Allison Trimarco’s post “Living in (and Planning for) Interesting Times” does an excellent- — and practical — job of walking organization leaders through the process of scenario planning in conditions of uncertainty.
As Allison says — “The right time to consider what you should do when conditions change is before they change.”
By outlining our intended actions and responses to plausible future developments we can more thoughtfully and strategically prepare for the consequences of disruption, rather than having to react unscripted in what can be a confusing and emotionally charged moment. We can’t ensure that we’ll like the circumstances we end up in (as many of us today are well aware), but at least we’ll have a plan to deal with them.
As a financial planning consultant, I want to take as my point of departure item six in Allison’s list of scenario planning steps: “consider the finances.”
While creating budgets for unknown (and perhaps unknowable) futures can feel more like an exercise in astrology than economics, any scenario planning exercise that contemplates significant change should include at least a high-level estimate of the financial impacts and implications of the changes being envisioned. This also helps to ensure that your scenario plans are specific enough to be good guides to action when and if it comes time to actually execute.
In a post last year titled “Getting Your Nonprofit Budget Past ‘One Day (or Year) at a Time,’” I described an approach to multi-year planning that considers the financial impact of internal decisions or external factors that extend beyond the time horizon of the fiscal year budget. Without too much adjustment, that kind of approach can be used for the kind of scenario planning Allison describes as well. Once your organization has identified the scenarios it is likely to encounter, defining and quantifying your responses starts the process of estimating the financial consequences.
From a financial perspective, the first question we generally ask in scenario planning is “how would this affect staffing and personnel costs?”
Seventy to 80 percent of the typical nonprofit budget is related to personnel (salaries, taxes, and benefits) so staffing considerations will be the biggest cost-side driver of any financial projection. If the scenario being contemplated is the loss of a significant government contract or a major private donor, for example, your response may be to scale back on a program and lay off staff. What would the scale of the downsizing need to be in order to establish a financial equilibrium? Other scenarios may have less obvious implications on staffing. Perhaps an anticipated change in the political environment would increase the need for services of a particular constituency of your organization. In that case, you may need to
Other scenarios may have less obvious implications on staffing. Perhaps an anticipated change in the political environment would increase the need for services of a particular constituency of your organization. In that case, you may need to reallocate staffing resources or even add additional staff. Quantifying your staffing plan under different scenarios—even if only an estimate—helps to clarify the financial as well as operational picture moving forward.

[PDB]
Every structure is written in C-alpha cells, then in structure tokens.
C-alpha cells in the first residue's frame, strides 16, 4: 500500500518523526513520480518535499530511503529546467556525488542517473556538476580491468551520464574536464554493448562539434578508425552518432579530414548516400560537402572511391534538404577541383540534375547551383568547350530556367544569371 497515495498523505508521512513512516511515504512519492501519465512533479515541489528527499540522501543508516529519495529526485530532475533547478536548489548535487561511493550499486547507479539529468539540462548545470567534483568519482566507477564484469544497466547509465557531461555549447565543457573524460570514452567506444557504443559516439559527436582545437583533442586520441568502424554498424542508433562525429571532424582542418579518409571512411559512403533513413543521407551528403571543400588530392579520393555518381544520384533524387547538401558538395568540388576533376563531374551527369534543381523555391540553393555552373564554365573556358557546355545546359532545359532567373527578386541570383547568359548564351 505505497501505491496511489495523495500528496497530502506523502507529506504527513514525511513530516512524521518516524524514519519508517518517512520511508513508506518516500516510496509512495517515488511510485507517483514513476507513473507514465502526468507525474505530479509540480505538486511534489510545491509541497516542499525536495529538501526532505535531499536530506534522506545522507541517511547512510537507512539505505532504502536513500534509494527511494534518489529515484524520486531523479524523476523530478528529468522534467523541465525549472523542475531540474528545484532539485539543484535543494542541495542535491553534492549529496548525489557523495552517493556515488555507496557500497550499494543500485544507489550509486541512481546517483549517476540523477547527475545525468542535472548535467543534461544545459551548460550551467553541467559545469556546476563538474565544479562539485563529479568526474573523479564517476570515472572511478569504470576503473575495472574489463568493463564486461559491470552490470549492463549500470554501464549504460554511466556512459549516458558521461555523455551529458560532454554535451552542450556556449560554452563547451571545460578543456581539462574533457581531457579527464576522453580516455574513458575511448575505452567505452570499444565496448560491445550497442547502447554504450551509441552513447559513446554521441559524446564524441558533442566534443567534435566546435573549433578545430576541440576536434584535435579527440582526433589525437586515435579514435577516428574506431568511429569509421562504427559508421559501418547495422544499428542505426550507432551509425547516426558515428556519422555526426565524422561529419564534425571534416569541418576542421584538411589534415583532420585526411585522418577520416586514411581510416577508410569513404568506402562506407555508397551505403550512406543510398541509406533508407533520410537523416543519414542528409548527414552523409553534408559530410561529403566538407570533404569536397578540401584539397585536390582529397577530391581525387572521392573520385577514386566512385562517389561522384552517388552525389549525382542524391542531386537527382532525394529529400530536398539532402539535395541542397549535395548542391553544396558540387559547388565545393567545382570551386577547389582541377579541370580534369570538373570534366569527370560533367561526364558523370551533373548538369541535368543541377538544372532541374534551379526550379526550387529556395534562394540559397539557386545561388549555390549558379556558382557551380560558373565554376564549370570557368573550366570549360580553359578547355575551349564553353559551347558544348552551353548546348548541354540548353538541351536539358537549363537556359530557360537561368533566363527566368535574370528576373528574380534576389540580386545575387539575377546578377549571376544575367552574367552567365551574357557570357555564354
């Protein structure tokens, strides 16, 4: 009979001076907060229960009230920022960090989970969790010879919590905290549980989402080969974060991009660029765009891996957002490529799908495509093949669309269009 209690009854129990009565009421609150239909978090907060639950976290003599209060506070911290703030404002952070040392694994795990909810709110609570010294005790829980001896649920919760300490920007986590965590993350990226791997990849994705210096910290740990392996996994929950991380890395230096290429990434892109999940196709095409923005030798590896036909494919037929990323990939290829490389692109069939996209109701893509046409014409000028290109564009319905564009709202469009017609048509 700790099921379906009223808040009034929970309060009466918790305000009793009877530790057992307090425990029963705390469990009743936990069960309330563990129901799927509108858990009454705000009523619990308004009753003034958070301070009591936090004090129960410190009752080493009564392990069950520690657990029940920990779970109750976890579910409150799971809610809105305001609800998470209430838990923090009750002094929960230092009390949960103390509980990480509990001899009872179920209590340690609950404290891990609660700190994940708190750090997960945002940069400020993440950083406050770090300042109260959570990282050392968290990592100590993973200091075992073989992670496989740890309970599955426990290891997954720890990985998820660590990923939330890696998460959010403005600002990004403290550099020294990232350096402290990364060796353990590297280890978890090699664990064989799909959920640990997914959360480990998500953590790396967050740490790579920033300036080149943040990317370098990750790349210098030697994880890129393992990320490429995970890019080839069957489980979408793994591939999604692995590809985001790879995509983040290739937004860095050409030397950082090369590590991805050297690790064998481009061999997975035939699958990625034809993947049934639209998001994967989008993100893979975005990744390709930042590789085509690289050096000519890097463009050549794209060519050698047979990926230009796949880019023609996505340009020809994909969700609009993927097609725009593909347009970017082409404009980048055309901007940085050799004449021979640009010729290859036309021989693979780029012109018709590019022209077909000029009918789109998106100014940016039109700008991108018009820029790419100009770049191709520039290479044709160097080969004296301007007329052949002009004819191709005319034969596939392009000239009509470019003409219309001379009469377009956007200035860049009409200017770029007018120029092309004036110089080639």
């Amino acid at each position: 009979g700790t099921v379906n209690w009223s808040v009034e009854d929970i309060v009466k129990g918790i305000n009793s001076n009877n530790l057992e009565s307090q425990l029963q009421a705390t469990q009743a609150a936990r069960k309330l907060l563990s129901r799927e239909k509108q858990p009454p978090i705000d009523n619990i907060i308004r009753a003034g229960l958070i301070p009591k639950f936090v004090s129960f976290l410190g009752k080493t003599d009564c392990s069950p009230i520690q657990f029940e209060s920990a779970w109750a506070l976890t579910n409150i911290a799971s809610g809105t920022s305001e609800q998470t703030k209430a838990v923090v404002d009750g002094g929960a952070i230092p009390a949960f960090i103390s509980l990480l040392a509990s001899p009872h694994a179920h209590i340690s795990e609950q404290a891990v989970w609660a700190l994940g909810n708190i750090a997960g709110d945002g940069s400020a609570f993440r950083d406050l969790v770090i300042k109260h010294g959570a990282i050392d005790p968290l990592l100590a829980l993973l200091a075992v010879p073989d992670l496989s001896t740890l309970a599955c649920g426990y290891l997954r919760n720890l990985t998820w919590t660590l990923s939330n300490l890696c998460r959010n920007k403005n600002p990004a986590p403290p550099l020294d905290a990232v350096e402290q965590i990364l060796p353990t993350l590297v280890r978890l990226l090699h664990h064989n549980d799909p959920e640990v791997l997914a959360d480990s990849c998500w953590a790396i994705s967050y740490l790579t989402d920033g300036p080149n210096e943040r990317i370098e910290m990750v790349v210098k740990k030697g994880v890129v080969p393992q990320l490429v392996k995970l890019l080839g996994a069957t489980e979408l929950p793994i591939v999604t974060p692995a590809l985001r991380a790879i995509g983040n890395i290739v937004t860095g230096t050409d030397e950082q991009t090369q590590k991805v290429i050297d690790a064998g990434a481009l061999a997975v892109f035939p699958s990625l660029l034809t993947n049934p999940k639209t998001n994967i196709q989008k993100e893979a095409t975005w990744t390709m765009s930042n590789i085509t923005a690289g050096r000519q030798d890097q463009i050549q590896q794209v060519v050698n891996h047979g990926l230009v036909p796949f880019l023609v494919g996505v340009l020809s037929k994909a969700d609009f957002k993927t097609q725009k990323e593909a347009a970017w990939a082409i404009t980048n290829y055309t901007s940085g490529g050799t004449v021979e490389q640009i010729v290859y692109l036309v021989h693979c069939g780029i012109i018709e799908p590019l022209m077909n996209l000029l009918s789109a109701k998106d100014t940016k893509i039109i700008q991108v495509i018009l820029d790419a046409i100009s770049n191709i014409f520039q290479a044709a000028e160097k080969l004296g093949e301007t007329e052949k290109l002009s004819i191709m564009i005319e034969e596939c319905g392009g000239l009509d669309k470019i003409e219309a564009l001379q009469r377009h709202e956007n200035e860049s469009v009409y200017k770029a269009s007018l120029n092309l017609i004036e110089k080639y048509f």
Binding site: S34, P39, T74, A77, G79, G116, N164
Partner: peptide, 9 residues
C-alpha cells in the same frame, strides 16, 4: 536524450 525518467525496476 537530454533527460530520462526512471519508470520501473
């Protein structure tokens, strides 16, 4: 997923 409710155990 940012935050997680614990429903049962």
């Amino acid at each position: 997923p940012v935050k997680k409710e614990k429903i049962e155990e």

Besides personnel, what other costs will be impacted by your anticipated scenarios and responses? Even costs that aren’t directly related to personnel are often indirectly driven by staffing levels — organizational expenses like travel, supplies, and technology will generally increase or decrease along with headcount. But be sure to consider anything in the scenario that would entail significant cost implications — an expiring lease, for example, may lead to an increase in rent, or alternatively may be an opportunity to re-evaluate space needs in a way that reduces costs. Whatever your scenario plan entails, evaluate and quantify its effect on expenses.
But be sure to consider anything in the scenario that would entail significant cost implications — an expiring lease, for example, may lead to an increase in rent, or alternatively may be an opportunity to re-evaluate space needs in a way that reduces costs. Whatever your scenario plan entails, evaluate and quantify its effect on expenses.
Obviously, we don’t want to forget about the income side of the equation either, although that is commonly “built in” — most scenario planning is driven by uncertainty or risk around revenue, so the scenarios themselves incorporate revenue projections or alternatives.
If your plans include assumptions that would increase or decrease revenues be sure you are considering that in any financial projections, although be careful to err on the conservative side in projecting future revenues. Overly aggressive revenue assumptions can lead to trouble down the road if those assumptions fail to bear out, particularly if your organization has limited financial reserves to begin with.
Developing financial projections helps add specificity to the process of scenario planning, so that if the time comes to “pull the trigger” on a response, your organization will go into uncertain times with a better sense of what that response looks like and what it means for your bottom line.
Hilda Polanco is the Founder and CEO of Fiscal Management Associates, the go-to advisor foundation and nonprofit leaders seek when addressing nonprofit financial management capacity. Hilda provides capacity building, training, and coaching services to foundations and nonprofits throughout the country.